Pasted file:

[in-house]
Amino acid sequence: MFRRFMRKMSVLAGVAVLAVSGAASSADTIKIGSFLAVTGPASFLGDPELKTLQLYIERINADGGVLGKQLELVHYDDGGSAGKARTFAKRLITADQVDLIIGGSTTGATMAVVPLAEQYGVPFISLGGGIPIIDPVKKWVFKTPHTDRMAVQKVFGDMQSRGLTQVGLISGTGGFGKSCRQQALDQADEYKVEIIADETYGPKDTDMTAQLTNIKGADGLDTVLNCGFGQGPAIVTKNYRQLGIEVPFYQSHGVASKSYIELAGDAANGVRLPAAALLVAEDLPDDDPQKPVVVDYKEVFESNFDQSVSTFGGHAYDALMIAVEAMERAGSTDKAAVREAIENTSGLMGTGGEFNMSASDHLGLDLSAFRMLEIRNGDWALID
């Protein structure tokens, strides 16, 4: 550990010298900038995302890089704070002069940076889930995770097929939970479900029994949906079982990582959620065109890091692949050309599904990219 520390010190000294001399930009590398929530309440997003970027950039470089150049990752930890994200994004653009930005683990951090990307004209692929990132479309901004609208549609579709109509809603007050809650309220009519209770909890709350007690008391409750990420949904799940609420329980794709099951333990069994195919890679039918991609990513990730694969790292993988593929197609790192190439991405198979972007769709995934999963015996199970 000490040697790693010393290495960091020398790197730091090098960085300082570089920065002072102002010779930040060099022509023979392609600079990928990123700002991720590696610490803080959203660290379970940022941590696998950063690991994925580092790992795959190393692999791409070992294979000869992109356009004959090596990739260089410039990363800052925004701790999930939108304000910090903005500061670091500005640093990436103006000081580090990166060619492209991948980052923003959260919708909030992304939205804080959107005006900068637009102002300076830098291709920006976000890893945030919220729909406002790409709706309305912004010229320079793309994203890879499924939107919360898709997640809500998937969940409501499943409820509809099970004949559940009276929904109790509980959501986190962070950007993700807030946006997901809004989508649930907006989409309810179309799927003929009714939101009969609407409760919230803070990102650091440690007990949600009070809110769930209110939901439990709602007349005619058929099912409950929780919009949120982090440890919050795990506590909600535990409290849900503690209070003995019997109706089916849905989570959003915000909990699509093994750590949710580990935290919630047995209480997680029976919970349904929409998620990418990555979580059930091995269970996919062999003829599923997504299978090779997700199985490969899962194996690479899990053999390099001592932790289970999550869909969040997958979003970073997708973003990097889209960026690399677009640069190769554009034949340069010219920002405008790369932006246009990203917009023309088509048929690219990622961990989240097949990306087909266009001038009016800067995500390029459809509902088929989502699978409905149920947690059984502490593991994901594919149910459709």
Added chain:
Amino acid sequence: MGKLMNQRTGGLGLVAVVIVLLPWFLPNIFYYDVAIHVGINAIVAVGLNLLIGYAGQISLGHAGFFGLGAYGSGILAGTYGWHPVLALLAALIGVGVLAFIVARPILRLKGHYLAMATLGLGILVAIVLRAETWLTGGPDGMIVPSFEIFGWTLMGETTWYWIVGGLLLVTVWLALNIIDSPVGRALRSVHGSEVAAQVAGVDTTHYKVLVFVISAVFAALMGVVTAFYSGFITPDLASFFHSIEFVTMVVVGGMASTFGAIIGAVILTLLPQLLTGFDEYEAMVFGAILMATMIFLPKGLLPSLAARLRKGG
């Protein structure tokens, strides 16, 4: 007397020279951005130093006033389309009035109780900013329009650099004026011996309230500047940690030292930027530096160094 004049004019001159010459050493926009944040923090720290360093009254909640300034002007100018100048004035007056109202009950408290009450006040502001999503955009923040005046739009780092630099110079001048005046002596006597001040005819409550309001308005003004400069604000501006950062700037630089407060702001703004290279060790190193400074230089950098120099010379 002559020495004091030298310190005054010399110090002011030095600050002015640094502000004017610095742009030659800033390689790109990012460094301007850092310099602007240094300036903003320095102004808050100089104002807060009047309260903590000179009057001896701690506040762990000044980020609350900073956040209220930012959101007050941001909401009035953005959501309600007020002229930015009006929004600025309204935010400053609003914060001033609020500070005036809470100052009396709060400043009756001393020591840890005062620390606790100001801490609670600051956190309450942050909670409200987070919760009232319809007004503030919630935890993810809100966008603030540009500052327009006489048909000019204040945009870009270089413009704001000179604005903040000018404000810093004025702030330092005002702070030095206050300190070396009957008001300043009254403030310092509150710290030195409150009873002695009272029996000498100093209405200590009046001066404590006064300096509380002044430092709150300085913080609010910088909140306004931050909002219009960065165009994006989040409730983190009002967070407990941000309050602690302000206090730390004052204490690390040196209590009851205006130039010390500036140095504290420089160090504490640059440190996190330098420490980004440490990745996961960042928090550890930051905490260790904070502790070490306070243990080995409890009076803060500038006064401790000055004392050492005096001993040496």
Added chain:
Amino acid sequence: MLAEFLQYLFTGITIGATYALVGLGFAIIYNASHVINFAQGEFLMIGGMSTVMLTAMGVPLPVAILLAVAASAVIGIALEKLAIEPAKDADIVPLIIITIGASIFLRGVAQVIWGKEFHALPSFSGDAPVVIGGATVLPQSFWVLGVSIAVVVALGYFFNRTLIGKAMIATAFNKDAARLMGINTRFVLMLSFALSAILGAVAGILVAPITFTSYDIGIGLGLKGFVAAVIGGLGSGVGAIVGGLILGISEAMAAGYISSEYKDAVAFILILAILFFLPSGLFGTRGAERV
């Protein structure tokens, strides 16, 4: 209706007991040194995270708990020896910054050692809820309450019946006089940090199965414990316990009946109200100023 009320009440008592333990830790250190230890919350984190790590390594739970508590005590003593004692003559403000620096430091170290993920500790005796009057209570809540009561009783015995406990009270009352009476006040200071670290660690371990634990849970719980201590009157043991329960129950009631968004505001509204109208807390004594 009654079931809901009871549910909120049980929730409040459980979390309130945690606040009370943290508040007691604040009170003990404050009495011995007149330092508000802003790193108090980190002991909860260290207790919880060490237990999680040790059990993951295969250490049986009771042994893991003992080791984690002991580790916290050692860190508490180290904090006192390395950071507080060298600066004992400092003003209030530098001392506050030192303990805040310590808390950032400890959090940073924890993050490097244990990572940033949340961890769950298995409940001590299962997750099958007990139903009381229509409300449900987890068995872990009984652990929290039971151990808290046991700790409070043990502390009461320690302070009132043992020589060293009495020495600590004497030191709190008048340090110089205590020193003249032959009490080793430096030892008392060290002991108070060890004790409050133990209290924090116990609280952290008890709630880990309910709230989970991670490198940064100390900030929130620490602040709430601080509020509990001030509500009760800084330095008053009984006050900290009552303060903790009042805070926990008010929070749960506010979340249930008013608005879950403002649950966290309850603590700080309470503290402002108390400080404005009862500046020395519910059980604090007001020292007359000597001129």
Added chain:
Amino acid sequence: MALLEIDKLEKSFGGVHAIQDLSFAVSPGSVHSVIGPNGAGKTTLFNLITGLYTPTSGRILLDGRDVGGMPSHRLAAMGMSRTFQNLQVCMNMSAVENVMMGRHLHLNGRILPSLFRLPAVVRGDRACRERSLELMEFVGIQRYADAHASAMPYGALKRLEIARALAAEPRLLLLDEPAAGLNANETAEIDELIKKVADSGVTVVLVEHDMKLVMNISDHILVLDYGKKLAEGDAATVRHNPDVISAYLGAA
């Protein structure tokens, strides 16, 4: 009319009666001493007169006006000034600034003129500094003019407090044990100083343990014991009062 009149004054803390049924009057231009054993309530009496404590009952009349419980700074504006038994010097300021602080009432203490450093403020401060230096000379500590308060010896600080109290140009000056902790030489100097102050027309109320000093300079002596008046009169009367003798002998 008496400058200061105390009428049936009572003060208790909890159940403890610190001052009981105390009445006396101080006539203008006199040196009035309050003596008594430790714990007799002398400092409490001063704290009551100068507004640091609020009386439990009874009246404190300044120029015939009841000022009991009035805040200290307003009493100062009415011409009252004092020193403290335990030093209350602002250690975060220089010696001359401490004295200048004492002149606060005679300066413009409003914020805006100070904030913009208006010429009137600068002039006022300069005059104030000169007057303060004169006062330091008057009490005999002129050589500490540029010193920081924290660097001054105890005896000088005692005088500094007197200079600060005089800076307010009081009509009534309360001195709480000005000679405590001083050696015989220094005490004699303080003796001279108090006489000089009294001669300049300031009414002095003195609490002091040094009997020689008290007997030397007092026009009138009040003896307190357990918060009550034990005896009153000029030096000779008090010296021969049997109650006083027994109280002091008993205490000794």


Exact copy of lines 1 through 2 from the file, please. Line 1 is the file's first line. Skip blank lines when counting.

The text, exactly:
[in-house]
Amino acid sequence: MFRRFMRKMSVLAGVAVLAVSGAASSADTIKIGSFLAVTGPASFLGDPELKTLQLYIERINADGGVLGKQLELVHYDDGGSAGKARTFAKRLITADQVDLIIGGSTTGATMAVVPLAEQYGVPFISLGGGIPIIDPVKKWVFKTPHTDRMAVQKVFGDMQSRGLTQVGLISGTGGFGKSCRQQALDQADEYKVEIIADETYGPKDTDMTAQLTNIKGADGLDTVLNCGFGQGPAIVTKNYRQLGIEVPFYQSHGVASKSYIELAGDAANGVRLPAAALLVAEDLPDDDPQKPVVVDYKEVFESNFDQSVSTFGGHAYDALMIAVEAMERAGSTDKAAVREAIENTSGLMGTGGEFNMSASDHLGLDLSAFRMLEIRNGDWALID